Building Up a New World
“I woke up this morning with my mind stayed on freedom.”
A contingent from Project HOME recently had the remarkable opportunity of participating in the "21st Century Freedom Bus Ride." Louis Thompson (resident of St. Elizabeth’s Recovery Residence and member of our Resident Advisory Council), Steve Lee (volunteer with our voter registration efforts), Will O’Brien (Special Projects Coordinator), and Will’s 13-year-old son Luke Risher joined a caravan of folks from around the country for a five-day trek through Durham, Atlanta, and Birmingham, during which we immersed themselves in the history of the civil-rights struggle and explored connections to contemporary struggles for racial and economic justice.
On the opening night, we attended a mass meeting and prayer rally on racial profiling in Durham. On Thursday, where we were met by a group of remarkable young undocumented students. They led us on a march through downtown Atlanta, using the form of a las posadas Christmas ritual, telling the story of pregnant Mary and Joseph seeking lodging through the lens of modern undocumented persons. We then moved on to Birmingham, site of the some of the most dramatic moments in the Southern freedom struggles, including the bombing of the 16th Street Baptist Church which claimed the lives of four little girls, and the unleashing of dogs and water hoses on the children’s march.
We spent two days on a retreat with Dr. Vincent Harding, a close associate of Martin Luther King, Jr. He led us in reflections on the theme of “America, you must be born again!”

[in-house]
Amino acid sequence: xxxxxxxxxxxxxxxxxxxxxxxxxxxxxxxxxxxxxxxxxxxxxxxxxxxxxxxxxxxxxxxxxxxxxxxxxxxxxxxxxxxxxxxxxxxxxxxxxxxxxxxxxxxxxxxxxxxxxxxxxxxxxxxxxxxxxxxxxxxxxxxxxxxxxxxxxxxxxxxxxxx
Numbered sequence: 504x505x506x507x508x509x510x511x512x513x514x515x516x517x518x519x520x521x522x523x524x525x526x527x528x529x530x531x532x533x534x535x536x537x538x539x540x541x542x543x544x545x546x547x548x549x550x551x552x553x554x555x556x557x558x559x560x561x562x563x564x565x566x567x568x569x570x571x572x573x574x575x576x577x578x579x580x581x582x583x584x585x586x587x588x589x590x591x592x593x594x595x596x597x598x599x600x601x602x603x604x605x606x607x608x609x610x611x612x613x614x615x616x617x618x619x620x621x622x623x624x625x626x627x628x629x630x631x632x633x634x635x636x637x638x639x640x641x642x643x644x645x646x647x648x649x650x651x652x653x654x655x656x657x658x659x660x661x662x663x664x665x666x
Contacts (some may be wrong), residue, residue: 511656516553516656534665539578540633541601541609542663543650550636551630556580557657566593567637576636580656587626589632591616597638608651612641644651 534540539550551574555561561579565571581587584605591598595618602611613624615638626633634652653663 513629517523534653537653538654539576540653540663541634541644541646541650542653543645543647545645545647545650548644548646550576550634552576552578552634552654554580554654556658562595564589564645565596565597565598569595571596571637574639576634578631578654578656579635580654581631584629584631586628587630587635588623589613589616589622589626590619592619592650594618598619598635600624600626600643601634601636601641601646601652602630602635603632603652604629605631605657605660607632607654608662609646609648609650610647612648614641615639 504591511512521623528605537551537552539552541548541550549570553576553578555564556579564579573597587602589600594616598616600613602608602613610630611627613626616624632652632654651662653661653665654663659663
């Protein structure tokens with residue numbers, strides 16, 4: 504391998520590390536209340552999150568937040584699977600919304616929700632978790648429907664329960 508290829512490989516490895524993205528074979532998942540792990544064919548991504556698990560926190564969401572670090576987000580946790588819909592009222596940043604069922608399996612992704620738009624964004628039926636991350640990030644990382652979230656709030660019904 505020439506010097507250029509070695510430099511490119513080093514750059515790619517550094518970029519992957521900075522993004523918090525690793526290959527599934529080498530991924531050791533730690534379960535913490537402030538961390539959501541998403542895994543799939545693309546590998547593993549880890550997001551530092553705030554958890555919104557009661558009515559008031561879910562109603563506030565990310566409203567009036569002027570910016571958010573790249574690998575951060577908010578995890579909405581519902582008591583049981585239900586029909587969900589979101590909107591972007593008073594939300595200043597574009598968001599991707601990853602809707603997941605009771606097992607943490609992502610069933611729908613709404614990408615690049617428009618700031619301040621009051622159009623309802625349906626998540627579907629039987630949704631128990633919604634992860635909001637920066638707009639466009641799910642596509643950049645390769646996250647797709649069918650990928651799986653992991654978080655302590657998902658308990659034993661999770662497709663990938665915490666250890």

He invited us to share our own visions of what a new America could be. (Dr. Harding visited Project HOME in 2006.) The group of sixty-plus persons was truly amazing – black, white, Hispanic, native, young, old, urban, rural, on the rich side, on the poor side and everything in between. We shared our deepest yearnings for a beloved community, one of human dignity, freedom, shared abundance. Our Project HOME crew felt a deep kinship here with everyone, who, in various ways, were expressing our core vision that “None of us are home until all of us are home.”
“For me the trip was an eye-opening experience,” said Louis Thompson. “I thought that I knew a lot about the civil rights struggle. However, I learned a lot that I didn’t know, and it encouraged me to learn even more and to become more active in the rights of other who are less fortunate and who are displaced in society.”
We hope to bring back the learnings, the energy, and the inspiration to our continuing efforts here in Philadelphia to advocate and work for a more just and compassionate society. As our choirmaster Dr. Harding taught us to sing, “We are building up a new world, Builders must be strong.”
Many thanks to our friends at The School for Conversion in Durham, North Carolina, and the Mary House Catholic Worker in Birmingham, Alabama, for organizing the 21st Century Freedom Bus Ride. And thanks to the many amazing people we met who are doing great work in many communities throughout the country to birth a new America.